If you’re considering your business school options, you may have to make a choice between a regular MBA and an Executive program. What are the differences?
Business schools that run MBA programs may have various courses on offer. Choosing the right option for your current life-stage and future career development is important and this may mean making a decision on whether to study for an MBA or an EMBA. How do these programs differ?
When is the Right Time to Study an MBA?
Some people will take on an MBA as soon as they have finished their undergraduate study or with just a few years of experience in the workforce. They may opt to study full-time for one or two years, or may take a part-time, distance or online course that allows them to simultaneously hold down a job. The aim here is often to get a leg up the corporate ladder and to improve career prospects sooner rather than later.
Program qualification, especially for highly-ranked business schools, can demand a certain level of academic achievement and high entrance test scores. Teaching here may be supplemented by internships and work placements that give on-the-job experience, but is otherwise relatively academic and classroom based in nature.
When Might an EMBA be a Better Option?
The Executive MBA is traditionally taken by older people who have already built careers and who have some substantial work experience behind them.
These programs are viewed as useful by many managers who wish to develop a corporate edge, change sector specialism or add up to date academic or sector skills. This may involve a certain element of fast-tracking as students already have real-life experience that can be applied in class.
Entrance to these programs may not be based on academic ability and is more likely to take into account the career experience of the candidate rather than test scores and previous degrees.
Most courses will be taken on a part-time basis, to enable students to continue to work, and may include evening and weekend classes.
Is an EMBA Better than an MBA?
There is sometimes a perception difference between these two degrees. Some people consider a regular MBA to be better than the Executive equivalent as it can demand higher academic abilities and can boost a career early on. Others feel that the extra work experience needed for an EMBA produces a more rounded and capable manager who could be given a useful mid-career advantage.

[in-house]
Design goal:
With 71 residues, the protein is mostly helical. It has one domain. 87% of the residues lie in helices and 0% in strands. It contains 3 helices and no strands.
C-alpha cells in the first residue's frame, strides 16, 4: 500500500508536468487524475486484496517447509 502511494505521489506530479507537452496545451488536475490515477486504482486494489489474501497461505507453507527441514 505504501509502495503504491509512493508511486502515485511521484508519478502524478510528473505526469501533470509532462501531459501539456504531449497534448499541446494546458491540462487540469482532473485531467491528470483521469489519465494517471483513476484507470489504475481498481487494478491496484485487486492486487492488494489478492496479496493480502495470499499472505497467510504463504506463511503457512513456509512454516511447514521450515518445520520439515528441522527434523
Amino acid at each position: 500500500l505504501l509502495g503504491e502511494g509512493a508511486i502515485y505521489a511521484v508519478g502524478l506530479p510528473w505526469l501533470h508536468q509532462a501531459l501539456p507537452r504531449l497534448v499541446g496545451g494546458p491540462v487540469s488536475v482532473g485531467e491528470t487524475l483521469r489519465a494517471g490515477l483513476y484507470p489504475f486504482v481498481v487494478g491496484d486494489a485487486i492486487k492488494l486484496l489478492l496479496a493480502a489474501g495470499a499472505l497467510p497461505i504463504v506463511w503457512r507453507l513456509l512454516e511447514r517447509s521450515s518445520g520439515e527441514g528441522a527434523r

On paper, however, both programs basically confer a Master of Business Administration degree and come with the same advantages and disadvantages. The only difference in many business schools is in the title of the qualification awarded and in its entrance criteria.
The courses themselves are often based on the same modules and subjects, although the teaching methods used may vary given the experience differences between immediate post-graduates and experienced executives.
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How to Choose Between an MBA and EMBA
Your age and experience is likely to play a part in the type of degree you choose. A recent graduate with no/little work experience is unlikely to be accepted on to an EMBA course and may find it harder to be accepted on to an accredited course which may set work experience limits.
If you are returning to study, after a few years in the workplace, then a school may have no problems with you taking a regular degree (as long as you meet its admissions criteria) but may guide you towards studying with your peers in an Executive program instead.